Re: Lazy FPU restoration / moving kernel_fpu_end() to context switch
From: Andy Lutomirski
Date: Fri Jun 15 2018 - 16:52:32 EST
> On Jun 15, 2018, at 1:42 PM, Dave Hansen <dave.hansen@xxxxxxxxxxxxxxx> wrote:
>> On 06/15/2018 01:33 PM, Jason A. Donenfeld wrote:
>>> On Fri, Jun 15, 2018 at 8:32 PM Andy Lutomirski <luto@xxxxxxxxxx> wrote:
>>> quite in the form you imagined. The idea that we've tossed around is
>>> to restore FPU state on return to user mode. Roughly, we'd introduce
>>> a new thread flag TIF_FPU_UNLOADED (name TBD).
>>> prepare_exit_to_usermode() would notice this flag, copy the fpstate to
>>> fpregs, and clear the flag. (Or maybe exit_to_usermode_loop() -- No
>>> one has quite thought it through, but I think it should be outside the
>>> loop.) We'd update all the FPU accessors to understand the flag.
>> Yes! This is exactly what I was thinking. Then those calls to begin()
>> and end() could be placed as close to the actual FPU usage as
> Andy, what was the specific concern about PKRU? That we might do:
> kernel_fpu_begin(); <- Saves the first time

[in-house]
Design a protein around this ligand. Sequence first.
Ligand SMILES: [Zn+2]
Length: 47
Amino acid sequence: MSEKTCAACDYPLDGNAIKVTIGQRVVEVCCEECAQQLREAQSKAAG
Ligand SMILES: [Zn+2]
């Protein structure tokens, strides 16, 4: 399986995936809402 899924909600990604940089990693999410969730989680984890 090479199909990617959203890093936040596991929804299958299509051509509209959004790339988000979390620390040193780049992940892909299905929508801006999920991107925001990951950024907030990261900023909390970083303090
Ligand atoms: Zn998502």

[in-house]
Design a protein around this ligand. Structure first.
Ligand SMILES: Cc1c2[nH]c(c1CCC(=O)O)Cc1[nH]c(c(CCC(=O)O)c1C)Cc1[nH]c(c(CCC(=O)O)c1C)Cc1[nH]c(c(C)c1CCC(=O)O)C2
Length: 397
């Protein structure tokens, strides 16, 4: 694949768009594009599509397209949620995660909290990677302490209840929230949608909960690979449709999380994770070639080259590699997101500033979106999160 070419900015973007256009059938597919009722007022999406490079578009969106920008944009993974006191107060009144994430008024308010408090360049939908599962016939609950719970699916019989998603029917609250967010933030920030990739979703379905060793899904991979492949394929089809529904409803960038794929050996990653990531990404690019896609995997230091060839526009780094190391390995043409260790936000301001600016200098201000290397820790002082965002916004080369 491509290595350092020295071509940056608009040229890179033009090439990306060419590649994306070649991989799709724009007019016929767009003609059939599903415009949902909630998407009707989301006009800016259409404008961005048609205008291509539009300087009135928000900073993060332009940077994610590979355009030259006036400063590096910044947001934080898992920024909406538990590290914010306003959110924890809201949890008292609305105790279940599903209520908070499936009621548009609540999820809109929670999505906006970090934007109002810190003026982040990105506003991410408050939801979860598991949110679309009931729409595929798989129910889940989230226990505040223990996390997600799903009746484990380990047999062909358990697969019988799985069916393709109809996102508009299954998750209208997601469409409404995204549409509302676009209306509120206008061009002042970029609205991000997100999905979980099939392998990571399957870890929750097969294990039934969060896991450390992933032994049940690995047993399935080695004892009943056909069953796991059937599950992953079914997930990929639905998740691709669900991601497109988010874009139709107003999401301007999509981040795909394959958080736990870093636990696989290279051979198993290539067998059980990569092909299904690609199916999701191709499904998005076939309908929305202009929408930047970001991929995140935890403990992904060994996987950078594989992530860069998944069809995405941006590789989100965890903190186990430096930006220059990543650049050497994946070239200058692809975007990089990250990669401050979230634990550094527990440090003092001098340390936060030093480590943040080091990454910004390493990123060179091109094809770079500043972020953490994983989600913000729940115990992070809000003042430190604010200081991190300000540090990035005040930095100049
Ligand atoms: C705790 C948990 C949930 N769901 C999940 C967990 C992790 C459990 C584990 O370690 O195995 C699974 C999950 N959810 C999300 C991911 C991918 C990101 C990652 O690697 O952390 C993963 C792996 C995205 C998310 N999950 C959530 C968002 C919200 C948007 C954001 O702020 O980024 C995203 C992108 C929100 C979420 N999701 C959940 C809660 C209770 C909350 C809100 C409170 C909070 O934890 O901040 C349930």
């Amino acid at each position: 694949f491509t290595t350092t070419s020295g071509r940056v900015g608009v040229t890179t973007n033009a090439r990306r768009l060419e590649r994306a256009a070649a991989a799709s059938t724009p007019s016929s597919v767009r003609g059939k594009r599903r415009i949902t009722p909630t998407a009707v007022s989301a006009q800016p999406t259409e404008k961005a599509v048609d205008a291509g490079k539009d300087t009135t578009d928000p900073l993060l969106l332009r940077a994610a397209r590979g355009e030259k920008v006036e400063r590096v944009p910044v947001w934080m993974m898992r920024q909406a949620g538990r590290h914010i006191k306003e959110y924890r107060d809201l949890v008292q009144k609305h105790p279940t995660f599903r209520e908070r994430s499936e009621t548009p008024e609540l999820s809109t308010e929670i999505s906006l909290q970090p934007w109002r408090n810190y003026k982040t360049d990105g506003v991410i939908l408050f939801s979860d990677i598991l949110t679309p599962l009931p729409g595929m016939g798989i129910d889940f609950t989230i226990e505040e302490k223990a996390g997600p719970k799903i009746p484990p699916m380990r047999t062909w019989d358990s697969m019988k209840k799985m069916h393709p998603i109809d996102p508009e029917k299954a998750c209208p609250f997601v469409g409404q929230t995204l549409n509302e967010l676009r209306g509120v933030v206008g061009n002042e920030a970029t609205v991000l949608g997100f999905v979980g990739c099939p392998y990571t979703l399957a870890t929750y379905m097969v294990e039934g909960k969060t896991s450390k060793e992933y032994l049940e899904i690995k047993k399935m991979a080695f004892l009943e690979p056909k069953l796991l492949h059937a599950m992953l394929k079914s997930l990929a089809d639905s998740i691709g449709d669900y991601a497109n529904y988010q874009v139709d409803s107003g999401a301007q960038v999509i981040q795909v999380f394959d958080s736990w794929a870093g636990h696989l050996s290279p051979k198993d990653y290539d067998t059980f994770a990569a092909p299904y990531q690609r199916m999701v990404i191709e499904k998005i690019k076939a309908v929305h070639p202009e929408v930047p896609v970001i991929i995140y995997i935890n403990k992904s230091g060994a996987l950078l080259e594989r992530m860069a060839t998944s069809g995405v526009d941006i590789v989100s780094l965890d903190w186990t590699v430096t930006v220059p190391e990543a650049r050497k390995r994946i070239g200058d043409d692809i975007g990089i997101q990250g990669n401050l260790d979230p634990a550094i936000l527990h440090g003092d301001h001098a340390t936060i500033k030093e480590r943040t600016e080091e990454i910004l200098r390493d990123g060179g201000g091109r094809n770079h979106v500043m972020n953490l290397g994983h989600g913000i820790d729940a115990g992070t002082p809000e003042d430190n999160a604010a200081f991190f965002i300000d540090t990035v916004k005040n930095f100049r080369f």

> kernel_fpu_end(); <- Does not XRSTOR
> copy_from_user(); <- Sees old PKRU, does the wrong thing
> prepare_exit_to_usermode(); <- Does the XRSTOR
> // only now does PKRU have the right value
> Does that *matter* unless something() modified PKRU? We could just make
> the rule that nobody is supposed to mess with it and that it's not
> covered by kernel_fpu_begin/end() semantics. We could even
> theoretically enforce that in a debug environment if we watch its value.
Indeed, this case seems highly unlikely. I was imagining we have two tasks. Task A enters the kernel and sleeps. Task B runs and gets its PKRU loaded. Then it enters the kernel and we switch back to A. Now we have Aâs FPU state in memory and Bâs PKRU in the register. If A does copy_to_user, we lose.